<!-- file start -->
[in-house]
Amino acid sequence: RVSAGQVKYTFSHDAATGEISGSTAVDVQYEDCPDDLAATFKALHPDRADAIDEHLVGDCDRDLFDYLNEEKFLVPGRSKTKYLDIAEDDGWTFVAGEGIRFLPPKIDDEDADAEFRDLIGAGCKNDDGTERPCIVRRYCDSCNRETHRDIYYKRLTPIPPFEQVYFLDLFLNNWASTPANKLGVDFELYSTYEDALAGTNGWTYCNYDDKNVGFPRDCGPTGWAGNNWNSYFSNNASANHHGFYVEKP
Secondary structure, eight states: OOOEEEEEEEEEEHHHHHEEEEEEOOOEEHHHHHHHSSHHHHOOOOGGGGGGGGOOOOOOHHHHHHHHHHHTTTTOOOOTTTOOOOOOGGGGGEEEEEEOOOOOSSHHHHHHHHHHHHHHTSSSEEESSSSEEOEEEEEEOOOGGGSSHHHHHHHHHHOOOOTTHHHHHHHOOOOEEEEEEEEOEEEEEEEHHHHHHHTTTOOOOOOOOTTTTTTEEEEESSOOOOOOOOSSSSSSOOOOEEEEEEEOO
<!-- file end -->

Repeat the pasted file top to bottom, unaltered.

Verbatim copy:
[in-house]
Amino acid sequence: RVSAGQVKYTFSHDAATGEISGSTAVDVQYEDCPDDLAATFKALHPDRADAIDEHLVGDCDRDLFDYLNEEKFLVPGRSKTKYLDIAEDDGWTFVAGEGIRFLPPKIDDEDADAEFRDLIGAGCKNDDGTERPCIVRRYCDSCNRETHRDIYYKRLTPIPPFEQVYFLDLFLNNWASTPANKLGVDFELYSTYEDALAGTNGWTYCNYDDKNVGFPRDCGPTGWAGNNWNSYFSNNASANHHGFYVEKP
Secondary structure, eight states: OOOEEEEEEEEEEHHHHHEEEEEEOOOEEHHHHHHHSSHHHHOOOOGGGGGGGGOOOOOOHHHHHHHHHHHTTTTOOOOTTTOOOOOOGGGGGEEEEEEOOOOOSSHHHHHHHHHHHHHHTSSSEEESSSSEEOEEEEEEOOOGGGSSHHHHHHHHHHOOOOTTHHHHHHHOOOOEEEEEEEEOEEEEEEEHHHHHHHTTTOOOOOOOOTTTTTTEEEEESSOOOOOOOOSSSSSSOOOOEEEEEEEOO